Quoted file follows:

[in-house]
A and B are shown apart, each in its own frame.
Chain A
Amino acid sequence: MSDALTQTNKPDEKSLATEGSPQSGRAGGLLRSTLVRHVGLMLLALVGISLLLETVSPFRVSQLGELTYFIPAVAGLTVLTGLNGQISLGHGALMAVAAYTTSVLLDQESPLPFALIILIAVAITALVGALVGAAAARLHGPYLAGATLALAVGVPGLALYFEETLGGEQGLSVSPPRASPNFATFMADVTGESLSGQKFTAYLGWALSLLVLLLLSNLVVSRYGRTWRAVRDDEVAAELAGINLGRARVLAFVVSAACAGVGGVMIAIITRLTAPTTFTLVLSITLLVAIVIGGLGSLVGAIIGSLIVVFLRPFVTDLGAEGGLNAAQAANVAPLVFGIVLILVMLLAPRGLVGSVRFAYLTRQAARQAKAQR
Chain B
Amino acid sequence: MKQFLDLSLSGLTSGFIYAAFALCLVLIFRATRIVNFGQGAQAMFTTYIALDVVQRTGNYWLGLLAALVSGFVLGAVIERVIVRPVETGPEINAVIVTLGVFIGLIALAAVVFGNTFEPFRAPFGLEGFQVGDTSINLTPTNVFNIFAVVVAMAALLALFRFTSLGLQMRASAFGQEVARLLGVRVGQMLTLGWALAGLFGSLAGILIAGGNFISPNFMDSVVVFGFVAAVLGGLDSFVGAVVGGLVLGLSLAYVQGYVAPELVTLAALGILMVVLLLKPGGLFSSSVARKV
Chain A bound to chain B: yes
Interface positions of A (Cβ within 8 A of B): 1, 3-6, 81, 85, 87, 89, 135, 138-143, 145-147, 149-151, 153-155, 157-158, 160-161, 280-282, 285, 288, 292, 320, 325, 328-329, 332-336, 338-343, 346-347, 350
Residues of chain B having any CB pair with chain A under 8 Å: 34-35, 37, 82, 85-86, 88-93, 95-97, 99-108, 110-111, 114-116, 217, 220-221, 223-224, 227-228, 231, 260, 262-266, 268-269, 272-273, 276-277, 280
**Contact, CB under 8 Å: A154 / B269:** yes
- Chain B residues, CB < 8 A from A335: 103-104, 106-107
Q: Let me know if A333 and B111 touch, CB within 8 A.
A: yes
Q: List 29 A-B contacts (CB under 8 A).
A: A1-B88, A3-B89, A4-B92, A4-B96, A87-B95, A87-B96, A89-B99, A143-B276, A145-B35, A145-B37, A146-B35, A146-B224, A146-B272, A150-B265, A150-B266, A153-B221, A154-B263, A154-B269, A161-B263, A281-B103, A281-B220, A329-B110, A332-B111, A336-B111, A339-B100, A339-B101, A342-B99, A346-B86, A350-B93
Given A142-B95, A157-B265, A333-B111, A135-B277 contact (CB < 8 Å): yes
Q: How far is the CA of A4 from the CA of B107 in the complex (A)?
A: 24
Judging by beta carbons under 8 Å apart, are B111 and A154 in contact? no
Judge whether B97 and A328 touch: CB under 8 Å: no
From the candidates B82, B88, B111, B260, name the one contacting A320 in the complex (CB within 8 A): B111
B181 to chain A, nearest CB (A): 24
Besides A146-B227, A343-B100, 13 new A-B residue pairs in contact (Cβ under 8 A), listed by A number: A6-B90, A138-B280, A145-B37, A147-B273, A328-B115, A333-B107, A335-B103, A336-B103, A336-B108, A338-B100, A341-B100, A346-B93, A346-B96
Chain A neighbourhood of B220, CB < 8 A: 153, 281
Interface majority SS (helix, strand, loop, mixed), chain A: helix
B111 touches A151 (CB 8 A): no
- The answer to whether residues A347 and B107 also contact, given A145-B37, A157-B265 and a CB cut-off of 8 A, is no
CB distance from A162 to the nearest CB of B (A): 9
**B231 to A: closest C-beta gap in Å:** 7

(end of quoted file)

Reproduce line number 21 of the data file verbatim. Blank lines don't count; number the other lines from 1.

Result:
From the candidates B82, B88, B111, B260, name the one contacting A320 in the complex (CB within 8 A): B111